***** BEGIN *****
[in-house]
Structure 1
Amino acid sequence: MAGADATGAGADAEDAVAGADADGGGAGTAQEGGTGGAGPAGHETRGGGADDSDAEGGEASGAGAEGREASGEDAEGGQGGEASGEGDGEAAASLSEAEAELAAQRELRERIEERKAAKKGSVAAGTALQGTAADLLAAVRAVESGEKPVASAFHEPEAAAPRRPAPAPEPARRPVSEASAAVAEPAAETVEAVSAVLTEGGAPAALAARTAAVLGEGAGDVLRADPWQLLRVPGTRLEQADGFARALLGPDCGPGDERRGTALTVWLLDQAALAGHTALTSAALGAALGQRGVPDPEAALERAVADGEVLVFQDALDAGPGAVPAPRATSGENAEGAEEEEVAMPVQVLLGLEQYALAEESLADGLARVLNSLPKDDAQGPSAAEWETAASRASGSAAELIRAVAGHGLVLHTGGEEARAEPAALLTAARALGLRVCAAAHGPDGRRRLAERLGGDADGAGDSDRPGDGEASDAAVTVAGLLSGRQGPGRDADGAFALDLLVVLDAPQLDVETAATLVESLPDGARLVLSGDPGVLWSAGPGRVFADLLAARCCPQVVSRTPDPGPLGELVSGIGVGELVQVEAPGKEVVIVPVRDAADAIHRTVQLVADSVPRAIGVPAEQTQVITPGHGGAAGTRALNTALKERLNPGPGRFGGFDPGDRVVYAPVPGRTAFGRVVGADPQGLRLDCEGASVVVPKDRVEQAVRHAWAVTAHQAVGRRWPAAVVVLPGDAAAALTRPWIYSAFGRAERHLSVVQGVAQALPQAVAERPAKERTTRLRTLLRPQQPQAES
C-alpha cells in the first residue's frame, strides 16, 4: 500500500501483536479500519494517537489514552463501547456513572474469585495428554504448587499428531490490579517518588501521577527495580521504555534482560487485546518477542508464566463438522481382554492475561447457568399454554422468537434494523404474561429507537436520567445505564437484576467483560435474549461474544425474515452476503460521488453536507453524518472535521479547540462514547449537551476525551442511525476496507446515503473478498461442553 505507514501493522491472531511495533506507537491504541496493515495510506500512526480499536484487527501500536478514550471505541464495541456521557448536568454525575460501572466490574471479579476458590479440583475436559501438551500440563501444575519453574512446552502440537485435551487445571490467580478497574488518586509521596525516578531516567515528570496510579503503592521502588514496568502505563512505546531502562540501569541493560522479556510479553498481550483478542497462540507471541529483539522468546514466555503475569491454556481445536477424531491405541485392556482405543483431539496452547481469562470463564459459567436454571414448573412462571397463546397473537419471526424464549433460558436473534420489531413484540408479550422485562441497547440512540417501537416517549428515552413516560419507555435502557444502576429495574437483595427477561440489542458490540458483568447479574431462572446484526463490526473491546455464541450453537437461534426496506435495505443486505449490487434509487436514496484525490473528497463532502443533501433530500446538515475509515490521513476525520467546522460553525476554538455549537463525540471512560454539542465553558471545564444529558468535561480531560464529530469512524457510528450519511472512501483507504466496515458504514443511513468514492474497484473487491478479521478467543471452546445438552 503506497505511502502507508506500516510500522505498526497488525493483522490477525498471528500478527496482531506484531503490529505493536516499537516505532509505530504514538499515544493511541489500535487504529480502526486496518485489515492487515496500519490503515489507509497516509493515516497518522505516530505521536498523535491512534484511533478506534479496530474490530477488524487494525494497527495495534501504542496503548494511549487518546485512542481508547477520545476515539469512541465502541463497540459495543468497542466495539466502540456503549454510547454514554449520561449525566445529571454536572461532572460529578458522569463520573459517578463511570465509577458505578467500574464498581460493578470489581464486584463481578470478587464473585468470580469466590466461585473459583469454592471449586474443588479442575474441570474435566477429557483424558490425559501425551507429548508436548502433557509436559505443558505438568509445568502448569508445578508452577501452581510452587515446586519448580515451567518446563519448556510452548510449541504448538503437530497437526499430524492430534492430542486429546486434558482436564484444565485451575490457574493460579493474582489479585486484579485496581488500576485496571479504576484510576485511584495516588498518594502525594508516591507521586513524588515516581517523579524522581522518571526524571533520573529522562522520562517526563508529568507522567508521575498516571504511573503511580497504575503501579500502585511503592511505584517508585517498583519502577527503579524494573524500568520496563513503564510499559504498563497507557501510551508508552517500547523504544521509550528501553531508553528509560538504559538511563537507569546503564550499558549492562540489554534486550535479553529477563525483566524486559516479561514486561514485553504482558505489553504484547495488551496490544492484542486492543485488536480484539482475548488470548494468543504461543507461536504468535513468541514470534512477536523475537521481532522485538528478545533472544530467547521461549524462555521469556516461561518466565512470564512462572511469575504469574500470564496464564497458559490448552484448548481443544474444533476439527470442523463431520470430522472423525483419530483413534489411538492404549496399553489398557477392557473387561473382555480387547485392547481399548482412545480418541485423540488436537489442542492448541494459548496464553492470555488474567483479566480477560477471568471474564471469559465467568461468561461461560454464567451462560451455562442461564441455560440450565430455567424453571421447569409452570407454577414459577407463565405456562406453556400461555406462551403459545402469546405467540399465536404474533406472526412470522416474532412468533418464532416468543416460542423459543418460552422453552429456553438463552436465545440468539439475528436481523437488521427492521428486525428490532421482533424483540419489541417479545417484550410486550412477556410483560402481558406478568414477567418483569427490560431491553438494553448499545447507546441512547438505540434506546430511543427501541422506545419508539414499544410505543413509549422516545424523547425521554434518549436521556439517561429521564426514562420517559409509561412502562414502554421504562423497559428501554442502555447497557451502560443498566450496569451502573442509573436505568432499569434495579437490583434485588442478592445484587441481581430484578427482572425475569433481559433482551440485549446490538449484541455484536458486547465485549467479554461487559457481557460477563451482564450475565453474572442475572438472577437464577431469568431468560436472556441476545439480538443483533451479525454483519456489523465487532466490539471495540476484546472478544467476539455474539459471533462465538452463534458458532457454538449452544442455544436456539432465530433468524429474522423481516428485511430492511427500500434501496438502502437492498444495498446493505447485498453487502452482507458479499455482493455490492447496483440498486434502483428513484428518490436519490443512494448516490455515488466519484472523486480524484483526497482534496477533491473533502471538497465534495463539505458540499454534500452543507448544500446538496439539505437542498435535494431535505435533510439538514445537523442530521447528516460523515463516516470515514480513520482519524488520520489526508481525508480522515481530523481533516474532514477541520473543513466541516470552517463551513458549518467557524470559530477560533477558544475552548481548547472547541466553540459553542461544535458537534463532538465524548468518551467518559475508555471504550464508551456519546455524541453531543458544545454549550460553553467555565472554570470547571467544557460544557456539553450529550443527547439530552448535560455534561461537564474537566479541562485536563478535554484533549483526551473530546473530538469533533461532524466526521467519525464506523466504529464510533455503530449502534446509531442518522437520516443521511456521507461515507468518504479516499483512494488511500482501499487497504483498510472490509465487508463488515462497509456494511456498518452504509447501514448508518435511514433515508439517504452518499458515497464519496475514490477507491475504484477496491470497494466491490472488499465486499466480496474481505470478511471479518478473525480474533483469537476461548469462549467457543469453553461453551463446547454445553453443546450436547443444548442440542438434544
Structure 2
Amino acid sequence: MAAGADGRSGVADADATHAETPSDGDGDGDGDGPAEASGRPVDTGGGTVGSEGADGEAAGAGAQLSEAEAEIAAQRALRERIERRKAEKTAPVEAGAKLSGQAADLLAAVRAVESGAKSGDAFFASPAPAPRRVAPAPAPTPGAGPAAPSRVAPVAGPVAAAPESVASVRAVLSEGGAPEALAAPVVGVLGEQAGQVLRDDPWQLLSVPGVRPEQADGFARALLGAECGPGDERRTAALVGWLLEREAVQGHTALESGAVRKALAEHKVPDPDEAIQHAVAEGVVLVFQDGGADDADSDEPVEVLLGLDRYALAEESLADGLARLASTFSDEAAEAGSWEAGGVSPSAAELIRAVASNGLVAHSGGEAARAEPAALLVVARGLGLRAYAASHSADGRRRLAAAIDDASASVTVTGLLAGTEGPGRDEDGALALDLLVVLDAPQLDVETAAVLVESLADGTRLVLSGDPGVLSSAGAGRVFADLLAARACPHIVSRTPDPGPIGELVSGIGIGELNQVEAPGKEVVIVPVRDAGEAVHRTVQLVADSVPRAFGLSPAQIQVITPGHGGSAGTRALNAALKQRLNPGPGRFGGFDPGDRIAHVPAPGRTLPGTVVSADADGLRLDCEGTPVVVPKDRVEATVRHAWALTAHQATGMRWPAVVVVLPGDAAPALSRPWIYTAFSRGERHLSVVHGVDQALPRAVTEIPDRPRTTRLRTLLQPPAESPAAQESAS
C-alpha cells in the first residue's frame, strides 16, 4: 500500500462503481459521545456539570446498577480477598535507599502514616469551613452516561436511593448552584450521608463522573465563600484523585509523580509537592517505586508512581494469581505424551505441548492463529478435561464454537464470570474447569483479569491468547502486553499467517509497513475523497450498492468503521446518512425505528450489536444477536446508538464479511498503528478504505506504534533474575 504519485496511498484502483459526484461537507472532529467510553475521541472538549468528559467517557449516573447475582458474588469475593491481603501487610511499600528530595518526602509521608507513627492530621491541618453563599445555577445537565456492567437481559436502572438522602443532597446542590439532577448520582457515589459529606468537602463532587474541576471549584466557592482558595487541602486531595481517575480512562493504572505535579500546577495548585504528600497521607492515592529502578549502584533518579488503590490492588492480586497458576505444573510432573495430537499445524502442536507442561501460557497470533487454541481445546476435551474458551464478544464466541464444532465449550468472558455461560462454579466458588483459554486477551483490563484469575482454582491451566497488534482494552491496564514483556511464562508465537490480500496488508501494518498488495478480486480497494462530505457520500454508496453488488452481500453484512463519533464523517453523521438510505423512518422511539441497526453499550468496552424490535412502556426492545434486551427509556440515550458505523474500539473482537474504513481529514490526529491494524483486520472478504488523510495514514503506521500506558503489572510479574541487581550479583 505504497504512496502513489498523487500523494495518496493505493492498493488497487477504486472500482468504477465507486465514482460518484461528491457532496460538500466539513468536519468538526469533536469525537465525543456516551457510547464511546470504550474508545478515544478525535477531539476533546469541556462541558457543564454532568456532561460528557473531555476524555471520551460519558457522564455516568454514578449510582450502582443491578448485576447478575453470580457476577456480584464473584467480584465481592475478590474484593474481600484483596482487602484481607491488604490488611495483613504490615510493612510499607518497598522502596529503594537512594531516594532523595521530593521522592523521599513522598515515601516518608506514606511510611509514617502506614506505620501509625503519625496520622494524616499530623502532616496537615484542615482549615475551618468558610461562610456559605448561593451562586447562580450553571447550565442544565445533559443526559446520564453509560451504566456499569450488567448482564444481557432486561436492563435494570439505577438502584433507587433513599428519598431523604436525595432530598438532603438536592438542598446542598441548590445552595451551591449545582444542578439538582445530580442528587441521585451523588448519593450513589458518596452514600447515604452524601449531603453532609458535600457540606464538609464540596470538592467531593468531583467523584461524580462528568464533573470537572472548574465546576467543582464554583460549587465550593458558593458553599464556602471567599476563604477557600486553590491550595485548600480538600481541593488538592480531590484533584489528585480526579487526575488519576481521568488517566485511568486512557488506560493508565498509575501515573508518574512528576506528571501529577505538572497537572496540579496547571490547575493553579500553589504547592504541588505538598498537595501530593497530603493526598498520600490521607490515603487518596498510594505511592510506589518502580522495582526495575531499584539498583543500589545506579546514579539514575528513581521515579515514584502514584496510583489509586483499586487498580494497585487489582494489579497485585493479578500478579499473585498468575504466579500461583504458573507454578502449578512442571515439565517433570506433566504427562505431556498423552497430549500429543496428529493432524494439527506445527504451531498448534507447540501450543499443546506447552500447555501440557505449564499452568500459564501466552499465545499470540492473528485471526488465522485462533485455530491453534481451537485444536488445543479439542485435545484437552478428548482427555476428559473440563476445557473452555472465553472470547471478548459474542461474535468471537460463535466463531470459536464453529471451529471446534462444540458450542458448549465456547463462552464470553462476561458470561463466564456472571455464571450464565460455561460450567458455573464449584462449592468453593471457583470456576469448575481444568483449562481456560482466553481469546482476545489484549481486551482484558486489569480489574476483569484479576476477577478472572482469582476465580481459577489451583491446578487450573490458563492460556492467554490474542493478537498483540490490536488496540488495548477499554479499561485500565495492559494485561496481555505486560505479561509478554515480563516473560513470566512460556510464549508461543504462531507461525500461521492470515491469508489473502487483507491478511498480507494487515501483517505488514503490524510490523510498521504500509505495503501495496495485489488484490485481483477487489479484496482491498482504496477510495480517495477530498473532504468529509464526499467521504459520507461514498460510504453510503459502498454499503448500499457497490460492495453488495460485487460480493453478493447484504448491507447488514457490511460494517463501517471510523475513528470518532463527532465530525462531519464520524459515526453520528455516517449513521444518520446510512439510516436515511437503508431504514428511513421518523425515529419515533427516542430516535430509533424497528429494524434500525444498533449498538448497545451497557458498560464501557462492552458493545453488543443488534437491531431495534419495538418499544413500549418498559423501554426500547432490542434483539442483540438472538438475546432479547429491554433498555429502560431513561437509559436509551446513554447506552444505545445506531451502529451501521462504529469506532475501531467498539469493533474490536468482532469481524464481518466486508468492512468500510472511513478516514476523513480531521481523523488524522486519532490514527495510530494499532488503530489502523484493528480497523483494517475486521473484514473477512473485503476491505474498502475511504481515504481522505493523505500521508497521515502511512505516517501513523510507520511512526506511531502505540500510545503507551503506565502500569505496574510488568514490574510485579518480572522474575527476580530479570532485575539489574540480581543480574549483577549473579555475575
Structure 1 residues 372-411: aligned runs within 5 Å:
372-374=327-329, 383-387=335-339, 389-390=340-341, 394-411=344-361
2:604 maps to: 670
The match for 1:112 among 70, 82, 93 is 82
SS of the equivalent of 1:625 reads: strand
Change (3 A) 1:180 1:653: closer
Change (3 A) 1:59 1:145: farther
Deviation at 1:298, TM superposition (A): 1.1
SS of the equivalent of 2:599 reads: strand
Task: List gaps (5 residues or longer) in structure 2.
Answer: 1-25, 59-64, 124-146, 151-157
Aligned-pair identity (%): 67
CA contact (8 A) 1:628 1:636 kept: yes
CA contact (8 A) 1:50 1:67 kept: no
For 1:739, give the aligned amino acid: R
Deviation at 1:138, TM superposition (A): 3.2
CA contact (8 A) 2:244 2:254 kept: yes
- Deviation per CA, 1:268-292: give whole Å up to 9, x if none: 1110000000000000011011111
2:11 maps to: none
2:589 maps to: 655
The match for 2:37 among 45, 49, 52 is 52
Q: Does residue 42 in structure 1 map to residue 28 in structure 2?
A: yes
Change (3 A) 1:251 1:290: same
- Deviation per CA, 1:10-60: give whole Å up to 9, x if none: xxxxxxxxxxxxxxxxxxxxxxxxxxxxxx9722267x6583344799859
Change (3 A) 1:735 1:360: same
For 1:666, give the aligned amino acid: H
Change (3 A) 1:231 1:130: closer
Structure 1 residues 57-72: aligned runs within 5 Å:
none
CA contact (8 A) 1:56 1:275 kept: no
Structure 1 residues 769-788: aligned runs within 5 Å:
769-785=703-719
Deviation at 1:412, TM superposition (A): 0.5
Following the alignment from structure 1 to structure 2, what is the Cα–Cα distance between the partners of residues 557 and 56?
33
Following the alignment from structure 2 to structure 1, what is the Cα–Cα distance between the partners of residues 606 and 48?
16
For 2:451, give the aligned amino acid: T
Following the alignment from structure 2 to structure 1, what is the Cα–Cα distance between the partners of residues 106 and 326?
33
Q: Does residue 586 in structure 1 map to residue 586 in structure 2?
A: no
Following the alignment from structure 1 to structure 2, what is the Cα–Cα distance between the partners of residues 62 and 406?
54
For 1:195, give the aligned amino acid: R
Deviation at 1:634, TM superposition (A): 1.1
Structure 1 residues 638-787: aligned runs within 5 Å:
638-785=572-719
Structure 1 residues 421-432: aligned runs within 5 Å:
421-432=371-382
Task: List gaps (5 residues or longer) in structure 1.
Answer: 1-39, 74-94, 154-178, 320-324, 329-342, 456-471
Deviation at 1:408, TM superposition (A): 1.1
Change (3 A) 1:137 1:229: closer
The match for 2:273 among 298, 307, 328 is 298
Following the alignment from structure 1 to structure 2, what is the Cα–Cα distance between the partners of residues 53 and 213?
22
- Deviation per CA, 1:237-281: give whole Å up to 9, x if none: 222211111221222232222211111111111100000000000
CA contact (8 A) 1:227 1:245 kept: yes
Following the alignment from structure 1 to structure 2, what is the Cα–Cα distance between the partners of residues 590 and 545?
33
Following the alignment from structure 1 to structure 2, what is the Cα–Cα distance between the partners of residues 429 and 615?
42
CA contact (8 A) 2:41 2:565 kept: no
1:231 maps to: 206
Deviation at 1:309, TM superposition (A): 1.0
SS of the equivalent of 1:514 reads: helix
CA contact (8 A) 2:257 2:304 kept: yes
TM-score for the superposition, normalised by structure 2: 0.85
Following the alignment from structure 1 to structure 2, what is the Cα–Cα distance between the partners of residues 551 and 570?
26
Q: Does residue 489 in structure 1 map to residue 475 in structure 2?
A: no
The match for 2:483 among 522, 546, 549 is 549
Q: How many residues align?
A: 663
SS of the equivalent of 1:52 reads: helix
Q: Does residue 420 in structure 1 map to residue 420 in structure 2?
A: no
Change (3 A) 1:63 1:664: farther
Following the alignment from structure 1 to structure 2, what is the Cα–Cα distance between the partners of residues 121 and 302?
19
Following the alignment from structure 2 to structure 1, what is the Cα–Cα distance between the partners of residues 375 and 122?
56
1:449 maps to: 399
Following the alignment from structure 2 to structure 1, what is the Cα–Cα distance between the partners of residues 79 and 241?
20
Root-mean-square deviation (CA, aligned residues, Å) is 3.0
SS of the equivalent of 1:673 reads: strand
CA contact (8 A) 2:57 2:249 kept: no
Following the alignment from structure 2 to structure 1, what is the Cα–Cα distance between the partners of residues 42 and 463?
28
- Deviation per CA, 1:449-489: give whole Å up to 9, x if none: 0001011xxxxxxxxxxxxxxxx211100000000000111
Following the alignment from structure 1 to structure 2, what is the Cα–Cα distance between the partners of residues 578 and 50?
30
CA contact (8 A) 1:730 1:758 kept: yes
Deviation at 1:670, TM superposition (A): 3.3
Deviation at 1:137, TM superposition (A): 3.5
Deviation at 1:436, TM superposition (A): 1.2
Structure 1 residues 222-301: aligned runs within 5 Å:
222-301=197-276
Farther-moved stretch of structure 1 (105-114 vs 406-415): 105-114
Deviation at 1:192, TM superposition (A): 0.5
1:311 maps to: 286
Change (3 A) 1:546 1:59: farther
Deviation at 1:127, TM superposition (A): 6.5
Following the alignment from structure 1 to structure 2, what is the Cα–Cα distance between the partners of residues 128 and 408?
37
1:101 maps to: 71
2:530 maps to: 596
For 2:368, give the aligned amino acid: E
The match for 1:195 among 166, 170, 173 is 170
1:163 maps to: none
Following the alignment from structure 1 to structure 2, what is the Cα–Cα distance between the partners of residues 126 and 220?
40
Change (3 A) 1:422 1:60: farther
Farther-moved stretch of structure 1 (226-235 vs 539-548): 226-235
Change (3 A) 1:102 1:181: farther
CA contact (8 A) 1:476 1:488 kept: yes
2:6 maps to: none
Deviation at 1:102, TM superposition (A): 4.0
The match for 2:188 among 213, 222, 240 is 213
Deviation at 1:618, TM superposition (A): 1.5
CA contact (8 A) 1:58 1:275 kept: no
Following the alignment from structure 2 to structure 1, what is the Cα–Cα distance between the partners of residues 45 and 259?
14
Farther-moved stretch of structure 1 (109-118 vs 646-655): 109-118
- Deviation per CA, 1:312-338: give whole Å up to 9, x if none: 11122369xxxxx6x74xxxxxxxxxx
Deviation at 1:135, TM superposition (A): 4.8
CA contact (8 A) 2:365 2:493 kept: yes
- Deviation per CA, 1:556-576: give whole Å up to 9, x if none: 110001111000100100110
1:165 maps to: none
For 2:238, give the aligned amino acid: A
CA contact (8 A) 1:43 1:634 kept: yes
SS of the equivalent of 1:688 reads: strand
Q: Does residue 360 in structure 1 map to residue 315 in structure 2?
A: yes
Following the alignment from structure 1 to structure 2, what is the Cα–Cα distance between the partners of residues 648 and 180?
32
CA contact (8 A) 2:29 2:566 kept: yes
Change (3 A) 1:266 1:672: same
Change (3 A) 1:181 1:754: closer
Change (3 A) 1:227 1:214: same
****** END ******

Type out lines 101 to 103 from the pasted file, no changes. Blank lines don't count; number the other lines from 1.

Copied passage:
- Deviation per CA, 1:449-489: give whole Å up to 9, x if none: 0001011xxxxxxxxxxxxxxxx211100000000000111
Following the alignment from structure 1 to structure 2, what is the Cα–Cα distance between the partners of residues 578 and 50?
30